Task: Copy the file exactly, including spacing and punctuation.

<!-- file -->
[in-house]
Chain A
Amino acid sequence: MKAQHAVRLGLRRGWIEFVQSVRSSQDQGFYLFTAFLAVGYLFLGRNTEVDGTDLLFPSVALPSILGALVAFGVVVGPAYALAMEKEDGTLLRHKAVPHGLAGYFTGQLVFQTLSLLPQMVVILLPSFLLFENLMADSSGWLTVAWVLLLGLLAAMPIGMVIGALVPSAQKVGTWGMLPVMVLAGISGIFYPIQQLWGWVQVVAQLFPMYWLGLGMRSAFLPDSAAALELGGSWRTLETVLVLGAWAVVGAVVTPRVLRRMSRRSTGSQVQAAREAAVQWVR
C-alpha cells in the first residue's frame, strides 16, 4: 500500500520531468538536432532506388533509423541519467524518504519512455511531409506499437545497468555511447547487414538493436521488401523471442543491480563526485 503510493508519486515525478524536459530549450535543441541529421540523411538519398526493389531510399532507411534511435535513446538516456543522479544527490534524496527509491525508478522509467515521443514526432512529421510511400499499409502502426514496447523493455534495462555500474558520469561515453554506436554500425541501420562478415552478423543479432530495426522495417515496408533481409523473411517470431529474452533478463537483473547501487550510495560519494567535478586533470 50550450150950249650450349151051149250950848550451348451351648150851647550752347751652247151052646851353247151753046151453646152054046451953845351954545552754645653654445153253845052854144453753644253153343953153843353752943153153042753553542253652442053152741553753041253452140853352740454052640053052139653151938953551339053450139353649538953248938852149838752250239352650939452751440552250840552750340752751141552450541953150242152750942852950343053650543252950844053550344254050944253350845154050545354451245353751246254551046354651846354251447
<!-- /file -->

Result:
[in-house]
Chain A
Amino acid sequence: MKAQHAVRLGLRRGWIEFVQSVRSSQDQGFYLFTAFLAVGYLFLGRNTEVDGTDLLFPSVALPSILGALVAFGVVVGPAYALAMEKEDGTLLRHKAVPHGLAGYFTGQLVFQTLSLLPQMVVILLPSFLLFENLMADSSGWLTVAWVLLLGLLAAMPIGMVIGALVPSAQKVGTWGMLPVMVLAGISGIFYPIQQLWGWVQVVAQLFPMYWLGLGMRSAFLPDSAAALELGGSWRTLETVLVLGAWAVVGAVVTPRVLRRMSRRSTGSQVQAAREAAVQWVR
C-alpha cells in the first residue's frame, strides 16, 4: 500500500520531468538536432532506388533509423541519467524518504519512455511531409506499437545497468555511447547487414538493436521488401523471442543491480563526485 503510493508519486515525478524536459530549450535543441541529421540523411538519398526493389531510399532507411534511435535513446538516456543522479544527490534524496527509491525508478522509467515521443514526432512529421510511400499499409502502426514496447523493455534495462555500474558520469561515453554506436554500425541501420562478415552478423543479432530495426522495417515496408533481409523473411517470431529474452533478463537483473547501487550510495560519494567535478586533470 50550450150950249650450349151051149250950848550451348451351648150851647550752347751652247151052646851353247151753046151453646152054046451953845351954545552754645653654445153253845052854144453753644253153343953153843353752943153153042753553542253652442053152741553753041253452140853352740454052640053052139653151938953551339053450139353649538953248938852149838752250239352650939452751440552250840552750340752751141552450541953150242152750942852950343053650543252950844053550344254050944253350845154050545354451245353751246254551046354651846354251447